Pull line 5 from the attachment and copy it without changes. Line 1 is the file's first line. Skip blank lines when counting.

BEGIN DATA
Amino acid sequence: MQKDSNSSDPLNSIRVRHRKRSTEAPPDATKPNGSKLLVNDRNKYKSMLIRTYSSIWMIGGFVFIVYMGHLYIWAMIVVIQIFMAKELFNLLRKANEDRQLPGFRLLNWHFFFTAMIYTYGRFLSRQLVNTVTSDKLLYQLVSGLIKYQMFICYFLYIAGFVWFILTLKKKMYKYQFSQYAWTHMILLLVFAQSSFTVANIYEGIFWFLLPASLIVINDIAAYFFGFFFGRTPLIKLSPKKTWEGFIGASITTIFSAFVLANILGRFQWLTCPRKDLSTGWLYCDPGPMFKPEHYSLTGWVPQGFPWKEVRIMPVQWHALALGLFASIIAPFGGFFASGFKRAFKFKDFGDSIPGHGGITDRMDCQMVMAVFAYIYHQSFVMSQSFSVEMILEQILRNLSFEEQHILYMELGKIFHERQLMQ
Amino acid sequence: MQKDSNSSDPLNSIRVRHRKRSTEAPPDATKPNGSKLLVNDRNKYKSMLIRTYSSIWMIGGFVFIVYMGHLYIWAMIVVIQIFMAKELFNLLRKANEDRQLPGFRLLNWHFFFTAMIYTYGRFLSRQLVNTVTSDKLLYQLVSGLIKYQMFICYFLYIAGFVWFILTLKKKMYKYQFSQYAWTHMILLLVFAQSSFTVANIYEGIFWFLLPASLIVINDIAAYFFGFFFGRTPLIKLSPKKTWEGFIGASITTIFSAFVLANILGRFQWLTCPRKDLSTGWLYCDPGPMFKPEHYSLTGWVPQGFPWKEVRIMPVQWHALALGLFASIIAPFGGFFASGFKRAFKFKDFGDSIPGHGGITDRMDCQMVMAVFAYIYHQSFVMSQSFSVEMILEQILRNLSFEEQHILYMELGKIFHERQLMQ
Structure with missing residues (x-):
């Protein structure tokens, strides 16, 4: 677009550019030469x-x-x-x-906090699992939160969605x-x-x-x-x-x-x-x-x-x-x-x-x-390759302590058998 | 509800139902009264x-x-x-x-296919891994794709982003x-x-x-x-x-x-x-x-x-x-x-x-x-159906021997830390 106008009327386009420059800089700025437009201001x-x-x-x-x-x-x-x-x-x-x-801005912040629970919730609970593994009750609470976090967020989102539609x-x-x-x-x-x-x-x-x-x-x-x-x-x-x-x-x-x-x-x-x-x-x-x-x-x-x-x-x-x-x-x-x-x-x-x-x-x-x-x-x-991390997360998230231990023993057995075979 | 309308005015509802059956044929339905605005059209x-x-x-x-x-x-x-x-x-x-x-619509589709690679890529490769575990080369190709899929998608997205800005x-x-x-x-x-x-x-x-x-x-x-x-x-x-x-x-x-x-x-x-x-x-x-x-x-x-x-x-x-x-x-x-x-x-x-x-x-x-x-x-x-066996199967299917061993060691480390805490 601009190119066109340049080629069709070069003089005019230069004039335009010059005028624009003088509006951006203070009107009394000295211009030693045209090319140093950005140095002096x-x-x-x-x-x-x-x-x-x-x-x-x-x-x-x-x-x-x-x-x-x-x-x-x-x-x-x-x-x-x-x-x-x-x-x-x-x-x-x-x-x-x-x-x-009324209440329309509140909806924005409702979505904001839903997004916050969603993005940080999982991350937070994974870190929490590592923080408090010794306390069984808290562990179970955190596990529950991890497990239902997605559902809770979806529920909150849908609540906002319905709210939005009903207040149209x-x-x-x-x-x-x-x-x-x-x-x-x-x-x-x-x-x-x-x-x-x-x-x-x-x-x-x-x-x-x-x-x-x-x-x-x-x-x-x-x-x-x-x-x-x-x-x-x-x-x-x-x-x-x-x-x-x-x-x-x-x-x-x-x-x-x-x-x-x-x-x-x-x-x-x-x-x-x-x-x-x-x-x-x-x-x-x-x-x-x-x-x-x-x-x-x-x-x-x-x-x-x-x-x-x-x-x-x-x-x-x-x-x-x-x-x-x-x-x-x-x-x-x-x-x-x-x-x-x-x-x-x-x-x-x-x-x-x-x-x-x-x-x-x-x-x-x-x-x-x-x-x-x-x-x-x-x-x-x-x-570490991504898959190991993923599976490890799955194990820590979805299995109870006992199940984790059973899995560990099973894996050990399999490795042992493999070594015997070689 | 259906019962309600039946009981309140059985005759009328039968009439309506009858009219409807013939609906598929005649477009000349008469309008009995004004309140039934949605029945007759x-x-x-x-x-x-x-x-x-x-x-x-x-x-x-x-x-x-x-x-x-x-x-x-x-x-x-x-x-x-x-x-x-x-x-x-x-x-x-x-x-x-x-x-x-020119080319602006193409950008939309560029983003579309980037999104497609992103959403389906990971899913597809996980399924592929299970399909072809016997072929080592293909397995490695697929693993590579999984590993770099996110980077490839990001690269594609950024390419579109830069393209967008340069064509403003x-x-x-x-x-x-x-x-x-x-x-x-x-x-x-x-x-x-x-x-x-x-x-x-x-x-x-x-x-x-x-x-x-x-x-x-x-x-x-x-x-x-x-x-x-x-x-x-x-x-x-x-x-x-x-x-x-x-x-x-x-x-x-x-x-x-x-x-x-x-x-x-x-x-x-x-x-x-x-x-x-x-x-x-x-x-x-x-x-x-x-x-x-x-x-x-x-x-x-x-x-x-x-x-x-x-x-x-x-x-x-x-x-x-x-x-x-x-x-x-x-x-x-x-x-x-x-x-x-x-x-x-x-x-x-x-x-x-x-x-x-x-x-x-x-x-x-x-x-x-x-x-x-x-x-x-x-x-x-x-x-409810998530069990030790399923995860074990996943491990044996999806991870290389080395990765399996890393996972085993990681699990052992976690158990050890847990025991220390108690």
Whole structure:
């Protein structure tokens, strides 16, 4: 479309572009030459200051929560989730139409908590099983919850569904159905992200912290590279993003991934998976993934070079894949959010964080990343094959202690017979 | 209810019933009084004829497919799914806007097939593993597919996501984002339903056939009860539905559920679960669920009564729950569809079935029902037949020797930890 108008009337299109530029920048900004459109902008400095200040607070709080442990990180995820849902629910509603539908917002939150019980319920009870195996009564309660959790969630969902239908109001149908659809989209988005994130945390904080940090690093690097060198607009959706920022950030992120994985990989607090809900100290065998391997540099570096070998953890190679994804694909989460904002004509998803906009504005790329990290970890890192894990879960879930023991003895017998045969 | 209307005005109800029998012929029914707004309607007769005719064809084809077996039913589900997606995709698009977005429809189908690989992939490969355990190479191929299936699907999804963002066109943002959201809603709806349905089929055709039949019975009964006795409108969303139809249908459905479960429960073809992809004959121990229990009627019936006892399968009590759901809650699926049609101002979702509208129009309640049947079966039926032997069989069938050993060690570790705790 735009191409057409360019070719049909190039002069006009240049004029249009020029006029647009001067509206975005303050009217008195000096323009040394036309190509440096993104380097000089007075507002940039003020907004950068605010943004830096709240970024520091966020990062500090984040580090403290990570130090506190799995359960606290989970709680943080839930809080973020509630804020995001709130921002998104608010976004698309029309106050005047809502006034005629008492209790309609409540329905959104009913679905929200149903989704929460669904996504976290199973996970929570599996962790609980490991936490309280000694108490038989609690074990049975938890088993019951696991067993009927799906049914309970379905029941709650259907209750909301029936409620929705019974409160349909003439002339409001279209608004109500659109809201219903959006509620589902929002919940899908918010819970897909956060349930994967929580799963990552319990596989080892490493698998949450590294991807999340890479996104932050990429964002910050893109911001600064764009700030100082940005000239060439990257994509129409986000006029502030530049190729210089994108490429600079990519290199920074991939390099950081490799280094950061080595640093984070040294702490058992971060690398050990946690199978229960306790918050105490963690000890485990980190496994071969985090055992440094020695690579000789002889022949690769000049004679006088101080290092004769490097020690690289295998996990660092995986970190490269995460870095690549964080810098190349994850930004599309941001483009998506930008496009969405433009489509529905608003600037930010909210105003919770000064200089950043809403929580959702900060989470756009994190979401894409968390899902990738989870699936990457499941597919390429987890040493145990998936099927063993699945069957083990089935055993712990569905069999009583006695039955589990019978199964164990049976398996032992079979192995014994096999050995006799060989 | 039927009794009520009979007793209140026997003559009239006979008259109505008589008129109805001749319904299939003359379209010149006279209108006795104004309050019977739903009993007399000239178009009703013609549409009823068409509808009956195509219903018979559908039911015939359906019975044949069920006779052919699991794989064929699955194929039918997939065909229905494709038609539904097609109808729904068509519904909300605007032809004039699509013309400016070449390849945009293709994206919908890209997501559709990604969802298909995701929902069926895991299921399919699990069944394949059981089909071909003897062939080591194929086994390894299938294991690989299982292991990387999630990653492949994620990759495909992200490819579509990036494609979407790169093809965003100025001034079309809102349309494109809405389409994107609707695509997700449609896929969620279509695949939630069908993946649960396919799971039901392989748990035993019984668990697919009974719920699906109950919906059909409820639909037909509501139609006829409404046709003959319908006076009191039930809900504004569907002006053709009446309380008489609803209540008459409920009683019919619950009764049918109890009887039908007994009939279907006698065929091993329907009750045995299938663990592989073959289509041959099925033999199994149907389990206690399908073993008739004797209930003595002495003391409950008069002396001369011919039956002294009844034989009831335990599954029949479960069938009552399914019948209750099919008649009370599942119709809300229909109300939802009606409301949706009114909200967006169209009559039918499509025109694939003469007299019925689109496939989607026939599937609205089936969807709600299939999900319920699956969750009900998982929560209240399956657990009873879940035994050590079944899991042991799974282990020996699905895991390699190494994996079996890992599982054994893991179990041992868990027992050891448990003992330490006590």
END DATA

Whole structure: